checking, payment and dispute resolution routines. The sections
on education, training and social inclusion omit the need to achieve
economies of scale and ease of use necessary to enable affordable
access for the majority of society. IMIS strongly supports the
comments in EURIM Briefing 18 Reskilling Europe for the Information
3. Will codes of conduct and co-regulation
provide sufficient protection? Is there a case for intervention
by national governments and the EU?
IMIS believes that the same law should apply
online as offline, despite the problems this gives to some of
our members (see Appendix B). The reason for the difference between
the views of IMIS members and those of other computer professionals
is probably that Managers are more likely to have family responsibilities
as well as those for delivering results for their employers (whether
suppliers or users).
IMIS also agrees with the EURIM analyses, in
"There is a need to distinguish between
situations where both parties are acting in good faith but the
transaction fails to give satisfaction and the need to suppress
deceit, fraud and other malpractice. The latter cannot realistically
be left to self-regulation and requires frameworks for co-operation
across borders between statutory regulators and law enforcement
agencies . . ."
4. Do the institutions of national governments,
on the one hand, and the European Commission, the Council of Ministers
and the European Parliament, on the other, function with sufficient
flexibility and coherence to promote the EU's objectives in the
field of e-commerce?
IMIS' particular concern is that policy debate
appears to be dominated by a small group of dominant technology
and communications suppliers on one side and an equally small
group of dominant content providers on the other. The interests
of mainstream business and of consumers do not appear well represented.
Indeed the latter often appear to be "represented" by
self-appointed protectionist lobbies whose aim appears to be to
protect them from choice.
This problem is long-standing and will not be
solved unless and until Her Majesty's Goverment and the Commission
use commercial market research techniques (eg large-scale structured
telephone surveys to structured panels which are representative
of the target audiences) on a regular basis to identify the evolving
views, needs and priorities of both users and consumers (segmented
as necessary by geography, vertical market, type of purchase etc).
5. Should existing EU institutional structures
be changed, or new ones created, to improve policy development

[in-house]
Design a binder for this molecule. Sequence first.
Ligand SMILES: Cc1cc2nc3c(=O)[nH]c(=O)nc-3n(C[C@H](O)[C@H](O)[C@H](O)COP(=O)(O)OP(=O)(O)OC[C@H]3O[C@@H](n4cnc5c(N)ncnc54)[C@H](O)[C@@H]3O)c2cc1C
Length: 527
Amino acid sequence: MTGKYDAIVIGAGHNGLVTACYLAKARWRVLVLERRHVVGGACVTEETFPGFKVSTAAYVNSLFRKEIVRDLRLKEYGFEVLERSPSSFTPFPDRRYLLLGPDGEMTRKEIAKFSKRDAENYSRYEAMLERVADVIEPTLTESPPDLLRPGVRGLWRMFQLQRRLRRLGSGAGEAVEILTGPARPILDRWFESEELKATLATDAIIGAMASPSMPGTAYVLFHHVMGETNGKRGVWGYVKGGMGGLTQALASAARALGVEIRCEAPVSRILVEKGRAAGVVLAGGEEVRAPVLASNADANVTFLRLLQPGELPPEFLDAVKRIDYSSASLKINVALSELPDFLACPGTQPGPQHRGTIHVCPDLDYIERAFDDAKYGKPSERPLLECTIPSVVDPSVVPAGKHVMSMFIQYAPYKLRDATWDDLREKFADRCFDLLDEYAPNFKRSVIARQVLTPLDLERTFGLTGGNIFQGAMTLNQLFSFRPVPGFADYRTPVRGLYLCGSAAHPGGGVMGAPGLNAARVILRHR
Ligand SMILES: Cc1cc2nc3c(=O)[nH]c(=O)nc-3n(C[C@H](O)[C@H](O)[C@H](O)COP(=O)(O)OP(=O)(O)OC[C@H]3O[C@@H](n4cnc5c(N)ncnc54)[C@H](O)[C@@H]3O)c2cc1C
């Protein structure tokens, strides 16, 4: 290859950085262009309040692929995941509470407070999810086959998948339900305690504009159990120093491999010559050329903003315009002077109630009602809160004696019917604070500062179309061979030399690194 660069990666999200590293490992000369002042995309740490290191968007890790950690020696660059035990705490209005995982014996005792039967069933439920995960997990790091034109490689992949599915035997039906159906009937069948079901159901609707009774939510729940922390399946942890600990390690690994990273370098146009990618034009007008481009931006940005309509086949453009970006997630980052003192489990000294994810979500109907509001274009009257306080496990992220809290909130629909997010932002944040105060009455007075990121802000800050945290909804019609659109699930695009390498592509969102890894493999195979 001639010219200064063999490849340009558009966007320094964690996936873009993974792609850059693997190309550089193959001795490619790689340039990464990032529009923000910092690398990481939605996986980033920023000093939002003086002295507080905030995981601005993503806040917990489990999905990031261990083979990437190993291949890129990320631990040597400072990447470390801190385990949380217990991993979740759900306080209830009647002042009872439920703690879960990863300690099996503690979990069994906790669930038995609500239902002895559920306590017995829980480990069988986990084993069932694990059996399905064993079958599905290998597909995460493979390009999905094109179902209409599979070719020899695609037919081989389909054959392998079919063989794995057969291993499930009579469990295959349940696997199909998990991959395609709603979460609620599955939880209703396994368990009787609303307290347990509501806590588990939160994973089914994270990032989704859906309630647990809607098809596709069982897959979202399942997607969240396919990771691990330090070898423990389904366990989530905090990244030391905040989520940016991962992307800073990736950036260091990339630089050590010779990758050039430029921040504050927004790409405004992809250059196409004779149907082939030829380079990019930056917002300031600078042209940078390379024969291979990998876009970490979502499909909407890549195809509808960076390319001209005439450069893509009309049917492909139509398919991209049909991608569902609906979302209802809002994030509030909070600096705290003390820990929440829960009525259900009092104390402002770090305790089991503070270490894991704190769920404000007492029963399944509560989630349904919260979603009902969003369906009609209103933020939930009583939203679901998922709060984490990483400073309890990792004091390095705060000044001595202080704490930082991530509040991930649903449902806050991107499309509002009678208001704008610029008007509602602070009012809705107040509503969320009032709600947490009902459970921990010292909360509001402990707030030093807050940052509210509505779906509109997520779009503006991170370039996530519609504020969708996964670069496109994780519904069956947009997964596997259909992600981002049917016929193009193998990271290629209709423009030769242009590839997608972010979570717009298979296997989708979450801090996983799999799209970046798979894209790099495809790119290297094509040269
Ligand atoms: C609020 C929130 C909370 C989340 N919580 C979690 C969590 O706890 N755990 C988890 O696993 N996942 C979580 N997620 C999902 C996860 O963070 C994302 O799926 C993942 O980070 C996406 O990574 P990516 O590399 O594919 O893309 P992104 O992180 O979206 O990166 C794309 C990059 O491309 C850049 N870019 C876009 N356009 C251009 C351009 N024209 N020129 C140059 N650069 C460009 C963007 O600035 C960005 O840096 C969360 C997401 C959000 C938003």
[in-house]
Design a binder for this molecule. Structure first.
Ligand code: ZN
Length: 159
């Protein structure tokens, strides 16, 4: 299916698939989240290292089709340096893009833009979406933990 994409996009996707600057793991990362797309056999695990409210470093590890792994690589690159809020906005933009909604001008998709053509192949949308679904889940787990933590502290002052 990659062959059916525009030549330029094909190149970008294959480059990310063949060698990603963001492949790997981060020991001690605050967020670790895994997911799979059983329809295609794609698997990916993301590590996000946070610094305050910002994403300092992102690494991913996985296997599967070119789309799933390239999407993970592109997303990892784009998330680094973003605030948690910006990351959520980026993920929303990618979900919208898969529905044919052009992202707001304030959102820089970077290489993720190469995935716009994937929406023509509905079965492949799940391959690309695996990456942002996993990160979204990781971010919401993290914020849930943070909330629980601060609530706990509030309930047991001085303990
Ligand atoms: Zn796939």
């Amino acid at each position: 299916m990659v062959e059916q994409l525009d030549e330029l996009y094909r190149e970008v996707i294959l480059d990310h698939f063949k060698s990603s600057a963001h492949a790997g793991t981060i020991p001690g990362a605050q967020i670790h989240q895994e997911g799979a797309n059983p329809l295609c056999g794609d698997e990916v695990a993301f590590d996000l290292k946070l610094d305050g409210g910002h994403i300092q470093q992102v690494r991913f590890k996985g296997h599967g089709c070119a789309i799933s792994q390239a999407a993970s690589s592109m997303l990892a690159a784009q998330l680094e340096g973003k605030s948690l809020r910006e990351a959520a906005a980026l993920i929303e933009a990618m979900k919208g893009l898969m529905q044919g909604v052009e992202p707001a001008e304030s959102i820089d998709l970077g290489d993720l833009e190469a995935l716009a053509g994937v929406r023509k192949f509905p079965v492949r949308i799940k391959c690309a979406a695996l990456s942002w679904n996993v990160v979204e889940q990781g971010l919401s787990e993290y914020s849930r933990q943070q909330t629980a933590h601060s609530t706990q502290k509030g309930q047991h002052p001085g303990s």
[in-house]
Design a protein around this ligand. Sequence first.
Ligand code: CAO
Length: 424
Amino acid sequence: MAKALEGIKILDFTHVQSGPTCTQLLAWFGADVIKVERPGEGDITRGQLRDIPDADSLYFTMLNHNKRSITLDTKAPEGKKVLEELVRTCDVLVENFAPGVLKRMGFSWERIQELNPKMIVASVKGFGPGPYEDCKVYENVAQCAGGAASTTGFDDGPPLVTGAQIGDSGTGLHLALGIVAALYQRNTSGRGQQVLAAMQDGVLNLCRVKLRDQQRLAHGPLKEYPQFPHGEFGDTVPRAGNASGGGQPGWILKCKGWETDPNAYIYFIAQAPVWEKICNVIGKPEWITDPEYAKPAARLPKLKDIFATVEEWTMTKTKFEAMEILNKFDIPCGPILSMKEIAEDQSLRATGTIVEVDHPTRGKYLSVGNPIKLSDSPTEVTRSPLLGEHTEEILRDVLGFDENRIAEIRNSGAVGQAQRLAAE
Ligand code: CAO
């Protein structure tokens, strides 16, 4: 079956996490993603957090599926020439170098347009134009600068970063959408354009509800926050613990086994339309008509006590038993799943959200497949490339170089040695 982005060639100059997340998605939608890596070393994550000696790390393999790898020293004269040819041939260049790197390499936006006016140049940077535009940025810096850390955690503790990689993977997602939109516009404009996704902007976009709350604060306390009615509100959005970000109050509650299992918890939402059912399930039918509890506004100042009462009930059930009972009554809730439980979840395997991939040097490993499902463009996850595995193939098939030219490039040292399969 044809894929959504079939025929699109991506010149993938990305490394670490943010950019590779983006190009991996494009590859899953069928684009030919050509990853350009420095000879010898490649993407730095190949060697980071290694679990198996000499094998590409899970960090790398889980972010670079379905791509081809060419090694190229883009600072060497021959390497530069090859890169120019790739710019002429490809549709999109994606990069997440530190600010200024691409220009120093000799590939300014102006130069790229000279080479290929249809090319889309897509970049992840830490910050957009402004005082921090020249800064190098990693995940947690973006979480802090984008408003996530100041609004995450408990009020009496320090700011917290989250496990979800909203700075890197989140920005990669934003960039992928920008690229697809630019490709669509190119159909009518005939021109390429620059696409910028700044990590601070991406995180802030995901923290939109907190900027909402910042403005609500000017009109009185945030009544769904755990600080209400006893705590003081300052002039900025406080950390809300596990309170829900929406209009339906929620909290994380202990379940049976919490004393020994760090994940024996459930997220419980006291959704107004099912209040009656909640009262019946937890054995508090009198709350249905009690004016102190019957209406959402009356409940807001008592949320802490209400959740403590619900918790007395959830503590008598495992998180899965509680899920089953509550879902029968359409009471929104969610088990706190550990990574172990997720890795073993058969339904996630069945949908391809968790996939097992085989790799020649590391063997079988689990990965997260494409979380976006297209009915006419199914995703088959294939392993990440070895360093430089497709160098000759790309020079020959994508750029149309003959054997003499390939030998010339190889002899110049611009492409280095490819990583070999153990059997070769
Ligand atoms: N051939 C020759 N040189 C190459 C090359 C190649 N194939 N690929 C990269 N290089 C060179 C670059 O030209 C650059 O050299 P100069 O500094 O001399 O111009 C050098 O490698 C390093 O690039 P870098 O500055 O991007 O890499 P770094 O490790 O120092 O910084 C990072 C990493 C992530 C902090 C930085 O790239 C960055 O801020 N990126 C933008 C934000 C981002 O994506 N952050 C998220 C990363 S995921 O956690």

IMIS believes that it is more important to encourage
and support the growth of organisations like EURIM, which cut
across organisational and political boundaries, than to seek structural
changes which are likely to be wrong before they are agreed.
6. How can structural change be brought about
fast enough to accommodate the growth of e-commerce?
e-Commerce has been run for many decades over
a variety of technologies and that mix continues to evolve. The
"Internet" (as viewed by the Internet Engineering Task
Force) is "merely" that latest stage of evolution of
the world's largest machine, the global telecoms network. As such
it embraces a wide range of protocols of which "any-to-any
packet switching" is only one.
Some members are already planning on the basis
that the current "ISP" and "Portal" business
models will be obsolete even before Digital TV and WAP protocols
transform the delivery routes and audiences for mass-market e-commerce.
Meanwhile business-to-business appears likely to remain dominated
by structured EDI concepts, albeit often using TCP/IP protocols
with webaccess for those new to the value chain.
IMIS is concerned lest change to the basic principles
of international trade to accommodate the problems of what may
prove a transient approach to a sub-set of e-commerce (low security,
any-to-any transmission) distorts the need for political, legal
and fiscal policy toward e-commerce to be technology neutral.
We are also concerned over the need to better distinguish between
skills and disciplines, including those related to the development
and use of new technology, which change little over time and those
where change is rapid and traditional approaches can no longer
21 February 2000